Dara Birnbaum has made a career of turning our pop art imagination against itself. Her best works, from the seminal Technology/Transformation: Wonder Woman (1978) to Pop-Pop Video: General Hospital/Olympic Women Speed Skating (1980), manipulate popular media to address political and sexual inequalities. Now, YouTube is doing for this generation what television did for previous ones. It’s no wonder that Birnbaum, a pioneer of the feminist art movement, would turn to YouTube for her latest feminist critique, Arabesque (2011), the iconic video artist’s first exhibition in a decade.
Through August 26, Marian Goodman Gallery screens the new four-channel video Arabesque in conjunction with selections from her earlier work. Nine monitors showcase the artist’s single-channel video work from the mid-70s, and another room displays Birnbaum’s earliest surviving installation, Attack Piece (1975). This remarkable piece anticipates what Arabesque, as well as so much of Birnbaum’s work, would be all about – the sanctity of the female artistic realm. A two-channel work, Attack Piece was conceived during a weekend she spent with such established artists as Dan Graham and Ian Murray. “I was young, filled with energy, and I had gone to Nova Scotia with all these artists, all males,” she tells me. “They all sat there, just talking about big ideas about art. I was intimidated.”
Equipped with a still camera, Birnbaum decided to translate these tense, contradictory feelings into a two-channel installation. On one screen, we look through the eyes of the female. She is immobile, artistically handicapped; she can only document reality through choppy, arrhythmic still images. The men around her, on the opposing screen, are mobile and free. They invade her artistic space with the power of their fluid cameras.
This unending power struggle between the male and female artist is an idea Birnbaum pursues further with Arabesque. One of the more intriguing figures of the Romantic era, Clara Schumann is a stereotype in our cultural memory. She’s either the pious, devoted wife who kept the family together while her husband, composer Robert Schumann, crumbled, or the strong, passionate artist with a creative capacity of her own. This kind of simplistic discourse diminishes the human qualities of the musician – there’s no in-between.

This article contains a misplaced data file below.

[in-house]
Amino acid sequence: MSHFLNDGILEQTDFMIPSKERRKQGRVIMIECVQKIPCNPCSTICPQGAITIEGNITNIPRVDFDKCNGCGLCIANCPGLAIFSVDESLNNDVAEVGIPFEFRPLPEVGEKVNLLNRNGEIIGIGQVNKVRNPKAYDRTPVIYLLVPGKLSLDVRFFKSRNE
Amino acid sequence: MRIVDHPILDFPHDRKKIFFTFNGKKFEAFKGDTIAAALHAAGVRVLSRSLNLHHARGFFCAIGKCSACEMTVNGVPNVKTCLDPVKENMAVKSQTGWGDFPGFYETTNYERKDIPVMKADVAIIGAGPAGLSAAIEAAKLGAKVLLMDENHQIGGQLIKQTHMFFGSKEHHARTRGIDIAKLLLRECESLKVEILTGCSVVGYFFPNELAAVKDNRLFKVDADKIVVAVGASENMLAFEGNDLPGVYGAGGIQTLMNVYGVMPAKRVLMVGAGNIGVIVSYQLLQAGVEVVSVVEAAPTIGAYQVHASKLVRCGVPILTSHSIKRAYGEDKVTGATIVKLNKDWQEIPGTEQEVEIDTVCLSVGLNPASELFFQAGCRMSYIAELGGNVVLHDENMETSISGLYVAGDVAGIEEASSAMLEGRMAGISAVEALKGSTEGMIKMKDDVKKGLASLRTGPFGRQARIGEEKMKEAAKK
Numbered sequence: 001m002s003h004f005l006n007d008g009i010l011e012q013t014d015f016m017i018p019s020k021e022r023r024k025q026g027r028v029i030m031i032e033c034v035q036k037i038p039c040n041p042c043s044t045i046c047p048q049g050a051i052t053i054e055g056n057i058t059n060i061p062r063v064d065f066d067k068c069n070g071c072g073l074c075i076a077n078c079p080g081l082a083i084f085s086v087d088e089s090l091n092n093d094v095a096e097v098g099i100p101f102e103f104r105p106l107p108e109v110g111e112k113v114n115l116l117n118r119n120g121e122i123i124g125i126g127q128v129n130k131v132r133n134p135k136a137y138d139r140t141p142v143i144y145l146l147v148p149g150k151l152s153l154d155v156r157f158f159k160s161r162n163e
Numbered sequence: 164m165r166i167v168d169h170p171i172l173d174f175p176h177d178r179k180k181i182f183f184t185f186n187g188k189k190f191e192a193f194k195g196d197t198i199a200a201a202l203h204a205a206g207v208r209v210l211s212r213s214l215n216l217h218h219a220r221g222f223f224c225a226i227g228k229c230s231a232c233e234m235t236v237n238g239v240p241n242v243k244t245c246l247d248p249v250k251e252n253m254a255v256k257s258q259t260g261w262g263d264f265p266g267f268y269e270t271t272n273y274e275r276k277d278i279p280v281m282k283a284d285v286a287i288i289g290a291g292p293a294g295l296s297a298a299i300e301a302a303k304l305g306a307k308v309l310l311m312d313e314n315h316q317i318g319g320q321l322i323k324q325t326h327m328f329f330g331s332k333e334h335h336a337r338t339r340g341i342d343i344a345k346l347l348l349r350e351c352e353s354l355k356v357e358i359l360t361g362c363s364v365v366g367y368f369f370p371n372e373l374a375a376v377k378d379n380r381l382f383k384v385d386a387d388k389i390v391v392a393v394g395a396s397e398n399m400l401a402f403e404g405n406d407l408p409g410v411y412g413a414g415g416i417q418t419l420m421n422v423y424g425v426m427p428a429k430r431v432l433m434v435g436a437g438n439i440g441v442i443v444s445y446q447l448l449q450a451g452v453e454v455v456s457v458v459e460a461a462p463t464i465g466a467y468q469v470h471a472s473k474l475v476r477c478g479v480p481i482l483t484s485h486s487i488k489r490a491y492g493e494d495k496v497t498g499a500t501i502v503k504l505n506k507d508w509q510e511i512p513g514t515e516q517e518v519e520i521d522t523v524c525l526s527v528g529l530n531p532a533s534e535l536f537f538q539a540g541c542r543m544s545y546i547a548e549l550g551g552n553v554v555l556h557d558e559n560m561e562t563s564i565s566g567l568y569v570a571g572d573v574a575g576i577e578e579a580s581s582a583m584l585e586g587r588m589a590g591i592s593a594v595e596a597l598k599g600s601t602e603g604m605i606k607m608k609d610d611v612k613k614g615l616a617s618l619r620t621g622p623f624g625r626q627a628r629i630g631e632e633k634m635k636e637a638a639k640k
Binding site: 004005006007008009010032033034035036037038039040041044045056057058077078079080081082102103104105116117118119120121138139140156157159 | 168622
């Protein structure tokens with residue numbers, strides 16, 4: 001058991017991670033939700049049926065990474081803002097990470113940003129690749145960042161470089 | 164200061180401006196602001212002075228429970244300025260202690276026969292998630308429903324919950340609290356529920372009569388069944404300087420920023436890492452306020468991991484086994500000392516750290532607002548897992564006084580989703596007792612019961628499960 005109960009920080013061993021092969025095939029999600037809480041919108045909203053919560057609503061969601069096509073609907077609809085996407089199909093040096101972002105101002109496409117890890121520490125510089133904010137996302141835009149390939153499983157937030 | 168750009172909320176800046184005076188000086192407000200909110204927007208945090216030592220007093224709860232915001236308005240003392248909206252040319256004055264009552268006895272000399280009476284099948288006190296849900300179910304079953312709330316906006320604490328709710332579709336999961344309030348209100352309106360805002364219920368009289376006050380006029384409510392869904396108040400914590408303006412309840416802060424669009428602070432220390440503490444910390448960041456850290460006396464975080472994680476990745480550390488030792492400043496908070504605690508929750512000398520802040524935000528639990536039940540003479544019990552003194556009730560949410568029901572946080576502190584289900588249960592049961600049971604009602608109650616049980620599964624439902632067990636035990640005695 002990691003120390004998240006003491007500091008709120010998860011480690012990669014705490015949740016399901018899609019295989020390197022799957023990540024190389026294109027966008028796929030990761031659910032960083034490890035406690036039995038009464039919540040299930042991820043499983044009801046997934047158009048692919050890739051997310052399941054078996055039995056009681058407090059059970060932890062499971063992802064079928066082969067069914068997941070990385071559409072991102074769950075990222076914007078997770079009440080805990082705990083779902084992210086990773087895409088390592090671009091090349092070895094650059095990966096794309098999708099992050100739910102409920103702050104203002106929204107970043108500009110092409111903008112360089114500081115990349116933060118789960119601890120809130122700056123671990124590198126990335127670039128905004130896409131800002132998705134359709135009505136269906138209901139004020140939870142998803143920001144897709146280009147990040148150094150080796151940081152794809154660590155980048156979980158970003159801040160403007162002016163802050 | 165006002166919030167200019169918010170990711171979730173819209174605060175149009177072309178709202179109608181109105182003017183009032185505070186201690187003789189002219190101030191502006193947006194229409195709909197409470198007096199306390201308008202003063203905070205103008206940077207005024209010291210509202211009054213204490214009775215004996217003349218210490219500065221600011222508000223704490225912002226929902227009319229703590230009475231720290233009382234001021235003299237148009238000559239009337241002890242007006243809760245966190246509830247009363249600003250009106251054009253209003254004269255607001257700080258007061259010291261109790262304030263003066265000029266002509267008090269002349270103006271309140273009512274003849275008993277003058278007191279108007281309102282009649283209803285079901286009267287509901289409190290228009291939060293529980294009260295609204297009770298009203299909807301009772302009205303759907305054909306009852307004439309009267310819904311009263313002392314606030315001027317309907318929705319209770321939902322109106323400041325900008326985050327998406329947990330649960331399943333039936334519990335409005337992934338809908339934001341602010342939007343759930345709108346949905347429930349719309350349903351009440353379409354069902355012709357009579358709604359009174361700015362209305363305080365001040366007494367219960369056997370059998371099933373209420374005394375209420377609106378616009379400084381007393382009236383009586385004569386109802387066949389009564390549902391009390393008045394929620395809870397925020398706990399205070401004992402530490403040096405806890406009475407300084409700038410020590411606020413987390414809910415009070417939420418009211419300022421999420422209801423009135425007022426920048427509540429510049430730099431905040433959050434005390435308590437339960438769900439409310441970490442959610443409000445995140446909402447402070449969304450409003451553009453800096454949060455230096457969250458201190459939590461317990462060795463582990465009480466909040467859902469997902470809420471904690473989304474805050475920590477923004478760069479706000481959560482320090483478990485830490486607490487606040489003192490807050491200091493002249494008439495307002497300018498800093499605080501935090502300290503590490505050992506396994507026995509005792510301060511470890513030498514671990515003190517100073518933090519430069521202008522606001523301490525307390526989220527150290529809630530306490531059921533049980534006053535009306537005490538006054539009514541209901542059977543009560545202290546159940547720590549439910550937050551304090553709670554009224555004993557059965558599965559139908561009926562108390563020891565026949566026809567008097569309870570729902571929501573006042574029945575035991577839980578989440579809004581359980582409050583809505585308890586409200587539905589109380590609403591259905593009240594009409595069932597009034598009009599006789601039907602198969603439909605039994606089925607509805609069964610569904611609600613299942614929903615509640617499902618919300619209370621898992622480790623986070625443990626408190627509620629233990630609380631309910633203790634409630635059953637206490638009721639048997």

Just a few months ago, Birnbaum scoured YouTube for performances of Robert Schumann’s famous Arabesque Opus 18 and Clara Schumann’s lesser-known, but equally grand, Romanze 1, Opus 11, pieces the couple composed for each other. There was only one existing performance of Clara’s composition, while there were several of Robert’s. Birnbaum explores this rather marked gender dichotomy by setting these YouTube clips against each other on three channels. A fourth channel displays stills from Clarence Brown’s Song of Love, a 1947 film about the Schumanns. Clara, played by Katharine Hepburn, is, in Birnbaum’s words, “grotesquely melodramatic” – overdrawn, garish, and verging on camp. These stills underscore how we’ve dehumanized Clara Schumann into a caricature.
To instead give a palpable human voice to Clara, Birnbaum intersperses these YouTube videos with excerpts from Clara’s diaries. The letters reveal a tense, quivering nervousness behind the image of matriarchal breadwinner. Birnbaum gives credence to Clara’s voice. She endows Clara with a distinct fragility, allowing her to transcend the confines of the devoted wife or empowered pianist.
Though Birnbaum’s work is never apolitical, Arabesque marks a thematic shift towards the politic of the individual. She’s lived through Vietnam, the Revolutions of 1989, and the Gulf War, and her hope seems to be fading. “After 9/11, I couldn’t really make sense of a lot of things,” she tells me, a mix of confusion and sadness in her voice. “I never anticipated the States would get involved in so many international wars.”
The chaos of the current world we inhabit, she confesses, is too much to sift through. Individuals are forced, almost against their will, to see themselves as part of a much larger, depersonalized social fabric. Like Clara Schumann, the individual threatens to disappear into a caricature.